A fascinating curio, marking a point in the careers of Douglas Sirk (director) and Sam Fuller (then-screenwriter) before either had quite found their calling. From Fuller, you have the story of trashy cast-outs pining for a wholesome American dream, told in equal parts cynicism and shockingly unironic reverence. From Sirk, you have the lushness of the sets and proto-campy melodrama. For a moment, what a pair.
2 1/2 out of 5 stars. Not the standard juicy soap opera Douglas Sirk fare, even with Samuel Fuller writing. A decent half-noir that kind of bottoms out during the 3rd act. Not essential viewing for fans of either. I won't tell you to see Shockproof, but I won't tell you to avoid it either.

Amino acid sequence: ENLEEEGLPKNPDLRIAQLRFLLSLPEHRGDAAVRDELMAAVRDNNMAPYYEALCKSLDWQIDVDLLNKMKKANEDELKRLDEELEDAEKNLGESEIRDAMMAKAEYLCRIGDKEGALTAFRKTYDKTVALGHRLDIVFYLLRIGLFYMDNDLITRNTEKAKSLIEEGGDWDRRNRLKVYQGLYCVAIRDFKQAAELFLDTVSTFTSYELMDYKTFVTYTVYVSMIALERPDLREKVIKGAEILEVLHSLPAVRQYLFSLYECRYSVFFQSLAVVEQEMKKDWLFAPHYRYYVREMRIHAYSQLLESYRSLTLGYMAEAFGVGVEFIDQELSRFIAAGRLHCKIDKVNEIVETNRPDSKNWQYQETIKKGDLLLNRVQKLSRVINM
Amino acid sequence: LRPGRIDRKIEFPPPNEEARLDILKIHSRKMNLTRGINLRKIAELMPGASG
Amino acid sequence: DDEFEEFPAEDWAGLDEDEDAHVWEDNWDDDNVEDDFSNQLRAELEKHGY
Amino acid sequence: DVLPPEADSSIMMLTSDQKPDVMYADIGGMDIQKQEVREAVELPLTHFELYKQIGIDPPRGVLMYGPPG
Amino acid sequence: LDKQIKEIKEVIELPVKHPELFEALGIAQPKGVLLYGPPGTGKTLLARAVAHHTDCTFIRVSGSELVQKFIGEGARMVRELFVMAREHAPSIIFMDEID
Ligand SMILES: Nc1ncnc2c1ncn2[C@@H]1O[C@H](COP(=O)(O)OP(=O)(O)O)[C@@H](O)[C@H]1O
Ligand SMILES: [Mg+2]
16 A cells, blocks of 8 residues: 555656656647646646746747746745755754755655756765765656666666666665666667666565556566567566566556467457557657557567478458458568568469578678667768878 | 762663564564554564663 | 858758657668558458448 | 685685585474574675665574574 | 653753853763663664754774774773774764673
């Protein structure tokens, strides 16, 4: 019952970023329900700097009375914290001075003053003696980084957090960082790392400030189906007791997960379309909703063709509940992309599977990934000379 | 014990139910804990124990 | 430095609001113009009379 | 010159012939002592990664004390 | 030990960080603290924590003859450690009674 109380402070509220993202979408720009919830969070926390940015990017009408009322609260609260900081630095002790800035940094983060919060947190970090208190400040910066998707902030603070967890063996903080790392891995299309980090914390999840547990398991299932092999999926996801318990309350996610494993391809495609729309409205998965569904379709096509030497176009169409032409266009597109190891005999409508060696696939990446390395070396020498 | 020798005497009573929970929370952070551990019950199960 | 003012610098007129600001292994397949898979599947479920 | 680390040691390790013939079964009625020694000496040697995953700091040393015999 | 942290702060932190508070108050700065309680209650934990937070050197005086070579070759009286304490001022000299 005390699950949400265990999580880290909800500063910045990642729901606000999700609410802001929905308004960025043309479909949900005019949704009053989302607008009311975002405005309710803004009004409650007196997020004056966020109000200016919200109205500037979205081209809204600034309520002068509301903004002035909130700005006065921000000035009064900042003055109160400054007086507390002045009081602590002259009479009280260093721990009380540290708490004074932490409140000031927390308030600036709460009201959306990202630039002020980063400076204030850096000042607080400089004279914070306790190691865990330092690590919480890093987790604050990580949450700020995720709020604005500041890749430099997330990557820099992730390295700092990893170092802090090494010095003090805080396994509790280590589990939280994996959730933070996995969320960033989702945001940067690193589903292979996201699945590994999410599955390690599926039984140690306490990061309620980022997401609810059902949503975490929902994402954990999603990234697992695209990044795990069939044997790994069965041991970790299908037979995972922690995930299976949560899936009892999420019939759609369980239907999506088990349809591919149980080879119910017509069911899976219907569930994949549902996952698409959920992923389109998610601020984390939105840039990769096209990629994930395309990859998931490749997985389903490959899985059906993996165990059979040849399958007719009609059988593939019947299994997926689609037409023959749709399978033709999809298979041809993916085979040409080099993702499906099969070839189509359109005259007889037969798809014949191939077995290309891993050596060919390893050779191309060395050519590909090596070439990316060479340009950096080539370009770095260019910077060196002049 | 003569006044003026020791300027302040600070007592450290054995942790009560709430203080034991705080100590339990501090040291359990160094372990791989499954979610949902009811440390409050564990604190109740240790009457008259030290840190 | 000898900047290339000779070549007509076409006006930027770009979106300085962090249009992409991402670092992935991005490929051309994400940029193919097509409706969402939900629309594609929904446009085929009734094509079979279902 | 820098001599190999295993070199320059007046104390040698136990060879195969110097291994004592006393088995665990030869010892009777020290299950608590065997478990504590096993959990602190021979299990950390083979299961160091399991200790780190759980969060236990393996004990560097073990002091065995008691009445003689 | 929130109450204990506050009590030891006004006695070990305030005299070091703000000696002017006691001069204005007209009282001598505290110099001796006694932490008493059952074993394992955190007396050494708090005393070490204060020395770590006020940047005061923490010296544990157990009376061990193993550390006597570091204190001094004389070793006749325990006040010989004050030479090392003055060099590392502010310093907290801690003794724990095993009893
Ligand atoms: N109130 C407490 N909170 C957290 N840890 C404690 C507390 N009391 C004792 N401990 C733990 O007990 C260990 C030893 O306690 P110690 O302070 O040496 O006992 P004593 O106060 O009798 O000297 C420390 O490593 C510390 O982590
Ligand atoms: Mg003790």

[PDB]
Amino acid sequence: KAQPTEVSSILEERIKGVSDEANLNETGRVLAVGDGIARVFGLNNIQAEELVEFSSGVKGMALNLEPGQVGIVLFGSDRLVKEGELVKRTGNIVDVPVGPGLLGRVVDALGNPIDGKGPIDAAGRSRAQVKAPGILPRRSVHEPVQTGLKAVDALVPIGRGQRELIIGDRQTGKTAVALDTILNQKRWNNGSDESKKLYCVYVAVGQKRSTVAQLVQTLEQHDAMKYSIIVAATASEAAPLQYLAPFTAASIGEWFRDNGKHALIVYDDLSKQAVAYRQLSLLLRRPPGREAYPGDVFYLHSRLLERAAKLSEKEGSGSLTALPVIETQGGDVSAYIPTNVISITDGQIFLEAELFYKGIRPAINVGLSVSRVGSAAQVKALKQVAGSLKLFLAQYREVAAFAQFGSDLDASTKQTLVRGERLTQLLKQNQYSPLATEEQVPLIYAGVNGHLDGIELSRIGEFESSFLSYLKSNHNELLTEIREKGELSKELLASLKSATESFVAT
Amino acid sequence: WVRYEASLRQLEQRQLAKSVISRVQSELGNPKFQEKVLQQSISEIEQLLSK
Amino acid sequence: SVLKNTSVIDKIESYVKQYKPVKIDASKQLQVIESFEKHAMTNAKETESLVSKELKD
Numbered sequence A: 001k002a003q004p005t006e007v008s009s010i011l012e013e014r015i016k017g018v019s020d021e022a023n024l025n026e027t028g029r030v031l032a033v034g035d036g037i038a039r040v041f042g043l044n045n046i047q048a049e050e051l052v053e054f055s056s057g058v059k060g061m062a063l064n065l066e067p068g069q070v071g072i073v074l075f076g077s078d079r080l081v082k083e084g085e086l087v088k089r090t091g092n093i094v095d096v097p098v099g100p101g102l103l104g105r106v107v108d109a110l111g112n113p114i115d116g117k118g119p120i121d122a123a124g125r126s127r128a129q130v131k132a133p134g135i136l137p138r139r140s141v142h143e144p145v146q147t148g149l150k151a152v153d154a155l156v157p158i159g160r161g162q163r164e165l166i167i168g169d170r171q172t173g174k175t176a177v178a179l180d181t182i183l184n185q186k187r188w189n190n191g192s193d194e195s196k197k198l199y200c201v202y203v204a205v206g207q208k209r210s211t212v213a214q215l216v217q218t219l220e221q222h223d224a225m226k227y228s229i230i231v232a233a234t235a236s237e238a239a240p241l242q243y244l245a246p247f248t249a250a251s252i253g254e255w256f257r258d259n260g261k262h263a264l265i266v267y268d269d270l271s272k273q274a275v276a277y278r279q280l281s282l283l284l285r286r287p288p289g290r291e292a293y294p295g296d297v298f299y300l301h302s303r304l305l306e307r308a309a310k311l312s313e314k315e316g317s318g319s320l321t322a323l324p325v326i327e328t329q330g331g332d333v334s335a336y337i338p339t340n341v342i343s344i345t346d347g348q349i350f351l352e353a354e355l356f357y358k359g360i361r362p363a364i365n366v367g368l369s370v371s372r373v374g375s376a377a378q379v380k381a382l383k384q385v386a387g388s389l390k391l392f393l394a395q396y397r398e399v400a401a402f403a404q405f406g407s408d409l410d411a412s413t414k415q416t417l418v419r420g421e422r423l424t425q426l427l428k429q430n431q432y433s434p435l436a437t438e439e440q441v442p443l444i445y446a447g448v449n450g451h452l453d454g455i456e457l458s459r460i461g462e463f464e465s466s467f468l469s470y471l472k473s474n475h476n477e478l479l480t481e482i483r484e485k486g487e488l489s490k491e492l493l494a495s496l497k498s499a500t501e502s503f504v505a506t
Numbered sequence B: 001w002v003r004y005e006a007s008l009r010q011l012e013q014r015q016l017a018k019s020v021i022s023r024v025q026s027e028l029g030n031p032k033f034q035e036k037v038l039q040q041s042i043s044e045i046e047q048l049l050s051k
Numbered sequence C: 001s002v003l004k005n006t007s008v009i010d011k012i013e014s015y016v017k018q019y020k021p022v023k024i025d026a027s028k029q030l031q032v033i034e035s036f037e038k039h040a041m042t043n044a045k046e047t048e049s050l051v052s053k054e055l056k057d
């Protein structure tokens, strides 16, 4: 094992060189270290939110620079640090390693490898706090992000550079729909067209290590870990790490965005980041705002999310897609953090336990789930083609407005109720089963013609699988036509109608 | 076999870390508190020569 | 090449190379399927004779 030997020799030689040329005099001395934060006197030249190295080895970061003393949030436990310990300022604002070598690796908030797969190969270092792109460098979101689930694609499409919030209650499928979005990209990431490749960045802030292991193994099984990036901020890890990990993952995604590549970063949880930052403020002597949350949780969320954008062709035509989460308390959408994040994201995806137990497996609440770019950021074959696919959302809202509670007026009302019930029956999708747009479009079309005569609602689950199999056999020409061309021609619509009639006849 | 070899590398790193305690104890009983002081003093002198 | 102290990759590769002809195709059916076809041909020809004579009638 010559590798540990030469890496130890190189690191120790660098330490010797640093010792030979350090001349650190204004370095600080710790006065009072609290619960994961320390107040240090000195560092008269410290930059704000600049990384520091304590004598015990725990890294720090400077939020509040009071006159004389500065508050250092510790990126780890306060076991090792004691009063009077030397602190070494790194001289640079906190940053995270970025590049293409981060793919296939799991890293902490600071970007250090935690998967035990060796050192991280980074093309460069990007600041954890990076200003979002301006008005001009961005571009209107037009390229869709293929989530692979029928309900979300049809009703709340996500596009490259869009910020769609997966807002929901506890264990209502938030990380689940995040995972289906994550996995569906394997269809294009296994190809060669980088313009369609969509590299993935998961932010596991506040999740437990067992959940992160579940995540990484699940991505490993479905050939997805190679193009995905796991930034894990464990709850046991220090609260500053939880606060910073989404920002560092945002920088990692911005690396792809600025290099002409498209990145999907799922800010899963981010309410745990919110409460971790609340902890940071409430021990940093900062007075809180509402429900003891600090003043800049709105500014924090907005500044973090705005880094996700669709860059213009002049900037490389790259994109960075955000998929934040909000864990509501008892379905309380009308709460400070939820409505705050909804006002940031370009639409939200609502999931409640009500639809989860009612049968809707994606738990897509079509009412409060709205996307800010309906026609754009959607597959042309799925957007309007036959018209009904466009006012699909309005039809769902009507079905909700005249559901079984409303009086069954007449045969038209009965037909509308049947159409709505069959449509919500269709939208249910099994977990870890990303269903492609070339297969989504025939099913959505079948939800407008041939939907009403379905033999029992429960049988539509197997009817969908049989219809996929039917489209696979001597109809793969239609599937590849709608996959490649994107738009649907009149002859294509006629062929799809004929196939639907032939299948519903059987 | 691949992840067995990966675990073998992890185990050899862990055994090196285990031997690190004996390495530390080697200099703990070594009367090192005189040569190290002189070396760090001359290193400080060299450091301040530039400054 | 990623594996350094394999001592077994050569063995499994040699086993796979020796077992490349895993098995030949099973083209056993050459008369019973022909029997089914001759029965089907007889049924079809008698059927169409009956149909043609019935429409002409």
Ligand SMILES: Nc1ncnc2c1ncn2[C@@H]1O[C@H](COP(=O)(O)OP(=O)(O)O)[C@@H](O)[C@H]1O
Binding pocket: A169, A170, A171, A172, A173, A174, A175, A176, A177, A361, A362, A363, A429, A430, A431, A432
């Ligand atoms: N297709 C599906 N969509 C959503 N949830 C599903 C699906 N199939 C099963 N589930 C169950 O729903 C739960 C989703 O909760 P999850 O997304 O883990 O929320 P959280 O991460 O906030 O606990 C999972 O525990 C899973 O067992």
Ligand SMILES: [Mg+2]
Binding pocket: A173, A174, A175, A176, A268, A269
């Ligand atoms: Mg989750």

Unfortunately a bit soft around the edges, considering the talent involved. The story gets off to a strong start, but quickly degenerates into mushy theatrics before a solid final act with some effective suspense scenes - but the film ends on a false note with a tacked-on ending. Allegedly, Sirk was disappointed with the film because Fuller's original screenplay was considerably watered down before production.